Jenny Hayes grew up in Berkeley, California, and graduated with a B.A. in Comparative Literature from U.C. Berkeley a rather long time ago. In 1996 she moved to Seattle, where she began dating the guy who worked at the record store down the street. They eventually got married, bought a house, had a daughter, and adopted a cat. Jenny makes her living writing technical content, and for many years she blogged about the bizarre world of yard sales, but fiction is her favorite thing to write. Her stories appear in various intriguing publications, including a chapbook with an illustrated story about junior high and David Bowie, and she’s read her work in locations ranging from dive bars in the mountains to mansions by the sea.
Lia Langworthy is a UC Berkeley graduate (1992), a published poet, a produced TV writer (credits include The Shield and Soul Food) and recipient of The Fox Diversity Writing Fellowship and ABC’s Daytime Writing fellowship. During her time at UCR Lia will write two TV pilots and a memoir. Lia lives with her daughter and two cats in Studio City, CA.
Nicky Loomis is a fiction writer and journalist based in Los Angeles. She graduated from the University of Southern California in 2005 with a BA in English and Creative Writing. She additionally holds an MS from Columbia Journalism School in print journalism and an MA in specialized journalism from USC. She writes features relating to arts and culture for various publications including the Los Angeles Times. She additionally writes a longstanding human interest column for her hometown paper, the Pasadena Star News. She spent 2011-2012 in Budapest, Hungary as a Fulbright scholar in creative writing. She conducted research and interviews focusing on the political climate in Hungary from 1948 to the present in order to better understand how memory – both private and collective – is lost during times of pain, and how this loss has affected cultural identity in post-Communist Hungary and personal identity abroad. In this process, she completed a first draft of a novel. Her fiction has appeared in Driftwood Literary Journal, Inside Out Literary Magazine, and the Hawaii Review. She is a PEN Center member and has received fellowships to the Virginia Center for the Creative Arts, Vermont Studio Center, Summer Literary Seminars, and a Long Scholarship from the Squaw Valley Community of Writers.
Jeff Meyers is currently a New York-based filmmaker and screenwriter. He is also an award-winning film critic at Detroit’s Metro Times, and a contributing writer for Moviemaker Magazine. In the early aughts, Jeff was the Creative Director for StageDirect (Portland, OR) and the co-founder and former artistic director of Theatre Vertigo (Portland, OR). Before that he spent 10 years working as a microbiologist. In 2000, he was a finalist for the Oregon Book Awards for poetry.
Pam Munter is a professional has-been, having been an actor, singer, producer, musician, bandleader, professor, political activist and shrink. All these pursuits (and a few more) involved writing in some form. She has had two books published and contributed to several others along with two dozen lengthy articles on (usually) dead movie stars. Being accepted into the MFA program is likely to provide a stimulating Act Three in an already eventful life.
David Nestor is a 2014 Cal State Long Beach graduate where he obtained his BA in English. He not only shares his birthday with Edgar Allen Poe, but also an affinity for horror and all things disturbed. During the final semester of his undergraduate program David interned for Nortia Press, a local publisher, as an editor. He hopes to complete and publish his first novel during his time at the UCR low residency MFA.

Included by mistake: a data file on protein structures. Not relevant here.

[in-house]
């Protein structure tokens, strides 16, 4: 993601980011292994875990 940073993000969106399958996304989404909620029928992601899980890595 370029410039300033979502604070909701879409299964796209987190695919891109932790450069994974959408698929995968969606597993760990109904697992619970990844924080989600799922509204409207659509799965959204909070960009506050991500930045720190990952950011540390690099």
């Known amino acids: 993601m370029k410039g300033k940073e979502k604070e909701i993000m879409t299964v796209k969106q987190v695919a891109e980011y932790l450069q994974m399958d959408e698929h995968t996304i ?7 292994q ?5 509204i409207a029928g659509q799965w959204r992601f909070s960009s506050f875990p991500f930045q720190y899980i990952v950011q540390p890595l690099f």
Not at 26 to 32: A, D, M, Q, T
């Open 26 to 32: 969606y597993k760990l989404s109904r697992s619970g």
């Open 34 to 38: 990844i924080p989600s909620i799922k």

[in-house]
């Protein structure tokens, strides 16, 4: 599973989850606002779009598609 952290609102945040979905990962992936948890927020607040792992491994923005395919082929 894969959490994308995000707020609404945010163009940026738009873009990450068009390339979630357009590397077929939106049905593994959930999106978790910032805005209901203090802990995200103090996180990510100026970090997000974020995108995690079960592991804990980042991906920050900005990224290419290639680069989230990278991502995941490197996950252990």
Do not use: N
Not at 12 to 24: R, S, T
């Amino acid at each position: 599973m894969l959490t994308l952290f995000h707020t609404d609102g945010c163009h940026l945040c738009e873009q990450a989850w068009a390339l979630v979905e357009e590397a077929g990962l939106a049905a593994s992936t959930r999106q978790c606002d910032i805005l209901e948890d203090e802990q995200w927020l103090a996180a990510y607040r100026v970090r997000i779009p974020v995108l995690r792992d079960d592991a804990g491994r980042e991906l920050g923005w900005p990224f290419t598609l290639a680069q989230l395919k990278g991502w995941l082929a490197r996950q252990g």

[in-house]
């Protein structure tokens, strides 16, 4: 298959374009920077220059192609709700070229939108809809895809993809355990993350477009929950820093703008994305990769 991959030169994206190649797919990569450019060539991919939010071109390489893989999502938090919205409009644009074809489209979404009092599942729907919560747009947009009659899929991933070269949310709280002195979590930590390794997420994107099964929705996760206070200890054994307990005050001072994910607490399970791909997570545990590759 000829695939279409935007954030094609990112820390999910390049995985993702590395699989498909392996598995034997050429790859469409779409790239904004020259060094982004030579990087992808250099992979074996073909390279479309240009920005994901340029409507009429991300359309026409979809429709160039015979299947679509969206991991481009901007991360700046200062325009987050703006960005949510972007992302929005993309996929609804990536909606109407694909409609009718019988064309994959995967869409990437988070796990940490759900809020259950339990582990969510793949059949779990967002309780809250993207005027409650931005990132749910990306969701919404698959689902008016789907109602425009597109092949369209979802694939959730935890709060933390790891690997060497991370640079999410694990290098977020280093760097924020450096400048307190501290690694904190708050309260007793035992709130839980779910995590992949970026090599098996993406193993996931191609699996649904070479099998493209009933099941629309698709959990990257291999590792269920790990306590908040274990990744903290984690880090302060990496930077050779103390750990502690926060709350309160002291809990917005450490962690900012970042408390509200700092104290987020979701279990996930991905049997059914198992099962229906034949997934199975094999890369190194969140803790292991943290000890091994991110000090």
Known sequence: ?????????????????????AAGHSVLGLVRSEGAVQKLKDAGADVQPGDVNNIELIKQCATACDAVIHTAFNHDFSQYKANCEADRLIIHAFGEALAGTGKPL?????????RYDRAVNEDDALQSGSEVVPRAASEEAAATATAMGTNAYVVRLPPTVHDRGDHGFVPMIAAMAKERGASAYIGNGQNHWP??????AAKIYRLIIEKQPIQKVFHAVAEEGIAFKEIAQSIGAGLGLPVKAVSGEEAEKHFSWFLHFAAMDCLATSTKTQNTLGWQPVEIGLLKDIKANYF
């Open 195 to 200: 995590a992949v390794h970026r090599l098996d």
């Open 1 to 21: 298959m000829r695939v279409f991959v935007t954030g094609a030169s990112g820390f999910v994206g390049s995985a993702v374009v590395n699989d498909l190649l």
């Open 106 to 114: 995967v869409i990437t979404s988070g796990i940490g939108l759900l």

Clarinda Ross made her film debut in Blue Sky (last film directed by Sir Tony Richardson) with Jessica Lange and Tommy Lee Jones. Her television credits include: The United States of Tara, Medium, The District, The Drew Carey Show, Judging Amy, E.R., The Client, NewsRadio, Days of Our Lives, In The Heat of The Night, I’ll Fly Away and several television movies most notably the Emmy Award winning Stolen Babies with Mary Tyler Moore. Ms. Ross has authored two plays, From My Grandmother’s Grandmother Unto Me and Spit Like A Big Girl for which she was named a 2014 Tennessee Williams Scholar at the Sewanee Writer’s Conference. She is married to the actor Googy Gress. They have three children Clara, Frank and Gus. She served for many years on the National Council of AEA and is currently a L.A. delegate to SAG.AFTRA. She is a proud member of The Dramatist’s Guild of America. www.clarindaross.com
Donnan Beeson Runkel (Deedie) Writing has always had to fit between the cracks of a life made busy doing what was expected of me – work, family, friends, causes, and communities. My professional career’s included everything from advocating for older people to helping Congressional spouses prevent nuclear war to being a top official for the Peace Corps, both in headquarters and overseas to, most recently, being an innkeeper in Ashland, Oregon. Central to my success in all these endeavors was my ability to express myself and my mission in the written word. Without realizing it, I was proving Garrison Keillor right — there’s hardly anything we English majors can’t do when we put our minds to it. My 2010 memoir, BOXES Lifting the Lid on An American Life, laid the groundwork for what’s to come.
Eli Ryder is a fiction writer from Lancaster, CA, a windy desert town about an hour north of Los Angeles. Eli earned a Master’s Degree in English from CSU Northridge in 2014, teaches composition at a small private university in the Antelope Valley, and occasionally endures the torture of High School Substitute Teaching. When hunched over his laptop, searching for a better turn-of-phrase, he is watching the Dodgers or the Packers and enjoying (or not, as the case may be) a craft beer at the local brewhouse.